Football News: Cross-posted from the ice hockey section: The AHL’s Rochester Americans wore Bills-themed uniforms yesterday (from multiple readers). … Champions Indoor Football’s Salina Liberty’s new jerseys have red numbers on an American flag background, which is not the best idea (from Ben Underwood).
Hockey News: The Capitals celebrated C Nicklas Bäckström’s 1,000th NHL point with a squeezy apple giveaway on Saturday. After he scored a goal, a lot of them were thrown on the ice. … A Twitter user DIYed a rainbow-numbered Wild jersey for the team’s pride night this week (from Topher Davis). … The AHL’s Rochester Americans wore Buffalo Bills-themed uniforms yesterday (from multiple readers). … A Reddit user responded to the Leafs’ new reversible jersey by making their own inside-out Sharks design (from Will Scheibler). … The Predators auctioned off wallets made from G Pekka Rinne’s pads yesterday (from @Wilds_Lee).
Basketball News: The Wizards are teasing something cherry blossom-themed for tomorrow. MLB’s Washington Nationals will also be releasing a cherry blossom-themed uni that day (from Faisal Hassan). … Multiple readers pointed out that all of this year’s men’s Final Four teams have blue as their primary color. Reader Steve Rausch says that’s the fifth time the men’s semifinalists have all shared the same color. … This 1950s shot shows the entire NC State men’s team wearing uni numbers in the 70s and 80s. Anyone know what that’s about? (From Robert Greist.)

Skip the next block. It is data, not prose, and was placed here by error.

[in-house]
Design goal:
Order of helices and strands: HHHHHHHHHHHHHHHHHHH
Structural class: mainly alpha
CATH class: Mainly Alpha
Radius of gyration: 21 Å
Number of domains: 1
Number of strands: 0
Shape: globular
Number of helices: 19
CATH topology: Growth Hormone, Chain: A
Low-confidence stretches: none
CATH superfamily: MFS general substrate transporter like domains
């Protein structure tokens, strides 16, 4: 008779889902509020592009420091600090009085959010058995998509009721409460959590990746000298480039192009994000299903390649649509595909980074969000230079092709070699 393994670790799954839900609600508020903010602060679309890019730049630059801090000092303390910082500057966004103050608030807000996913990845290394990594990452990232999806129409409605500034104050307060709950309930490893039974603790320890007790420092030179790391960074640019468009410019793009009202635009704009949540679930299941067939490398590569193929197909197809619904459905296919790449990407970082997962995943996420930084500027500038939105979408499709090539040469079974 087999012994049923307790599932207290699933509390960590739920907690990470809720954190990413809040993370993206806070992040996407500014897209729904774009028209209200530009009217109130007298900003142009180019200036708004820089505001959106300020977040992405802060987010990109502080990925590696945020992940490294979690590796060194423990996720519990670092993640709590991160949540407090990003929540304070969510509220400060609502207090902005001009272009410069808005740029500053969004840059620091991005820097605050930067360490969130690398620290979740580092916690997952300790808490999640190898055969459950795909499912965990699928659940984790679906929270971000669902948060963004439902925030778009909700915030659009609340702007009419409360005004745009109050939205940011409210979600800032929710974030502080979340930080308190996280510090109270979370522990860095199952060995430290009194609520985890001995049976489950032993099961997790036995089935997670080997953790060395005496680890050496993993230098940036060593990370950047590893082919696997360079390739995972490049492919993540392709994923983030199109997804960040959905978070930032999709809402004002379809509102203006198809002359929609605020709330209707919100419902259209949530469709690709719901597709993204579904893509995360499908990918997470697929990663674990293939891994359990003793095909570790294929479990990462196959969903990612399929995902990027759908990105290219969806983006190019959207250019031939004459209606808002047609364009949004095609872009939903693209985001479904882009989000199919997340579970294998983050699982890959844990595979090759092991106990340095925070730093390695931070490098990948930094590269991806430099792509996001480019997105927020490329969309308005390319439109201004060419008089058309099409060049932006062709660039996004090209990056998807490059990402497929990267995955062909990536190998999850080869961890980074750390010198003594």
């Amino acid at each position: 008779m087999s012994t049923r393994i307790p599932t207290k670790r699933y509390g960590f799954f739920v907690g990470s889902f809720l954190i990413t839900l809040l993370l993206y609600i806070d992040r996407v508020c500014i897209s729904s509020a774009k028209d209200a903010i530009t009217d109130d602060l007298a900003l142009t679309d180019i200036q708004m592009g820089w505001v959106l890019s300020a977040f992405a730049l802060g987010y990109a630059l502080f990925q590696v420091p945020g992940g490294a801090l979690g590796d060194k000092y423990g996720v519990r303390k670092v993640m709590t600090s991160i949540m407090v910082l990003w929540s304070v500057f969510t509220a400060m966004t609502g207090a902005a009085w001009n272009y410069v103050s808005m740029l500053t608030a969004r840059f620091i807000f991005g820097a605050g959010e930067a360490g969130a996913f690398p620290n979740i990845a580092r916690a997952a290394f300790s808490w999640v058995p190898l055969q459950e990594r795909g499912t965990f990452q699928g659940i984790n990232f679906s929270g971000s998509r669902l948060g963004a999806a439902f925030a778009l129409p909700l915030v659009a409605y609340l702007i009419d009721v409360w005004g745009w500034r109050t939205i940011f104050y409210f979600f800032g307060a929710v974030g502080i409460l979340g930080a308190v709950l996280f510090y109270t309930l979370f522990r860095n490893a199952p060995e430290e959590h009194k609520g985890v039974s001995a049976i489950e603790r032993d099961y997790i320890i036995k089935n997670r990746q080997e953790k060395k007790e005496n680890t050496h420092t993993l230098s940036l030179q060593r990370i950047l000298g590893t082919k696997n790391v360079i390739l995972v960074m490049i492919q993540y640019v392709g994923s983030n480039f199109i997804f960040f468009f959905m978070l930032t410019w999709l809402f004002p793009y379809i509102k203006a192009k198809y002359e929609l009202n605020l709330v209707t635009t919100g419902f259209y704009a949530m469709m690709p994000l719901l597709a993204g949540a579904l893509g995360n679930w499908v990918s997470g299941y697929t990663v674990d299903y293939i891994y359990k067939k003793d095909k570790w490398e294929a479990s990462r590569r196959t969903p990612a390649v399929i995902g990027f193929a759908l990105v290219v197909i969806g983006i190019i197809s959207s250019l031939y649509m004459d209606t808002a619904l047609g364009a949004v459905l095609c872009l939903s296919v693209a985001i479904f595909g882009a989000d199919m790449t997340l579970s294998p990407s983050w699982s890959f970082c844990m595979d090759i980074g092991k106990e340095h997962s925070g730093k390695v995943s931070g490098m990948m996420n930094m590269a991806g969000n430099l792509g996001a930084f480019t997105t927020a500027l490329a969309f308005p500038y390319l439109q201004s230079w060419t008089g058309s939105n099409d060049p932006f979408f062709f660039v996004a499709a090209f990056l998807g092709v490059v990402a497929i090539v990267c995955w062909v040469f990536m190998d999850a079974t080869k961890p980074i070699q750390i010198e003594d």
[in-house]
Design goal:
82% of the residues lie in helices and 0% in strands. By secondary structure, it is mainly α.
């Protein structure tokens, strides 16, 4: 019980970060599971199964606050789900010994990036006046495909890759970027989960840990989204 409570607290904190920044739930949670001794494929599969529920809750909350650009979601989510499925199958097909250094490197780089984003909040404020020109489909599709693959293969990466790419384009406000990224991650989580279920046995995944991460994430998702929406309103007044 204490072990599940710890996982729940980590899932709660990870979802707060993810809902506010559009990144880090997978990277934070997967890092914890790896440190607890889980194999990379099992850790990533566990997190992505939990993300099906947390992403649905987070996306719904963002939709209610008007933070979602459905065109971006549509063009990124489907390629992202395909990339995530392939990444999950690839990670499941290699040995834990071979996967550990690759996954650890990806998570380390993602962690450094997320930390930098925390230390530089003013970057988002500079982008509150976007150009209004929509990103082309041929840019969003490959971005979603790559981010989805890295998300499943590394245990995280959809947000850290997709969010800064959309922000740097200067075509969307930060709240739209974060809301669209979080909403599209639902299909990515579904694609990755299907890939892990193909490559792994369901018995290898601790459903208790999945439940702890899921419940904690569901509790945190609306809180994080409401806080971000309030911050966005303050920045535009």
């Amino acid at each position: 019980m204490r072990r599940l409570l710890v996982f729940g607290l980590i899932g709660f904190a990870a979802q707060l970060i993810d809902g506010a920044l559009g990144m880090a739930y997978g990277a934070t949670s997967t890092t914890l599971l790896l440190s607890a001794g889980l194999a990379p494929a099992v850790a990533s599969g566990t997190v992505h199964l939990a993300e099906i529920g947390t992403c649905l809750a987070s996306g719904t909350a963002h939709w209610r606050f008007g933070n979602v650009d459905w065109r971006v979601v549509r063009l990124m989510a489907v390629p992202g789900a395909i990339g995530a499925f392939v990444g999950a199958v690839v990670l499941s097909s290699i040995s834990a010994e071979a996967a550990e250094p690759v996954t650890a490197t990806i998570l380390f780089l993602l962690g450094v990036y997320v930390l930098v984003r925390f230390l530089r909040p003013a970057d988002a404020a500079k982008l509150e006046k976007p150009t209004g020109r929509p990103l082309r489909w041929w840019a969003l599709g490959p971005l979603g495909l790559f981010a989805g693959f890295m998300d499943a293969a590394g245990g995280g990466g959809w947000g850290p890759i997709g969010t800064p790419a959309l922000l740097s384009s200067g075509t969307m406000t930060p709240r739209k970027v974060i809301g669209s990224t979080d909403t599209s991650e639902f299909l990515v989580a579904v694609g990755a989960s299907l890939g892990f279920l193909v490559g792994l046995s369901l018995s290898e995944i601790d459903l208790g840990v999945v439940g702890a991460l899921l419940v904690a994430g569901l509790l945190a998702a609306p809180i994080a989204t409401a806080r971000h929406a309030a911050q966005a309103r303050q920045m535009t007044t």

Soccer News: England’s men’s team played the second half of Saturday’s friendly against Switzerland without NOBs to support the Alzheimer’s Society, also wearing a sleeve patch for the charity (from Rich Fuller). … Scottish club Inverness Caledonian Thistle already released next season’s first kit last week. … Meanwhile, new shirts for Sweden’s AIK and IFK Norrköping and Norway’s Vålerenga. … AIK’s men’s team moved to a new stadium, Friends Arena, in 2013 and since then fans have preserved some of the grass from the old Råsunda Stadium, which is to be planted in the center of the Friends Arena pitch at this year’s home opener. … New second kit for the Canadian Premier League’s Valour FC (from Wade Heidt). … The new USL W League team run by USL League One’s Greenville Triumph is called the Greenville Liberty. … Several English and Scottish women’s teams have recently played at their men’s teams’ stadiums for the first time, or in Manchester United’s case, for the first time with fans yesterday. Birmingham City also committed to doing so for another entire season, even in the likely event of relegation from the Women’s Super League. … A new league primarily for MLS reserve teams, MLS Next Pro, started playing over the weekend. Its number/NOB font is unusually wide (from Brandin Sparks).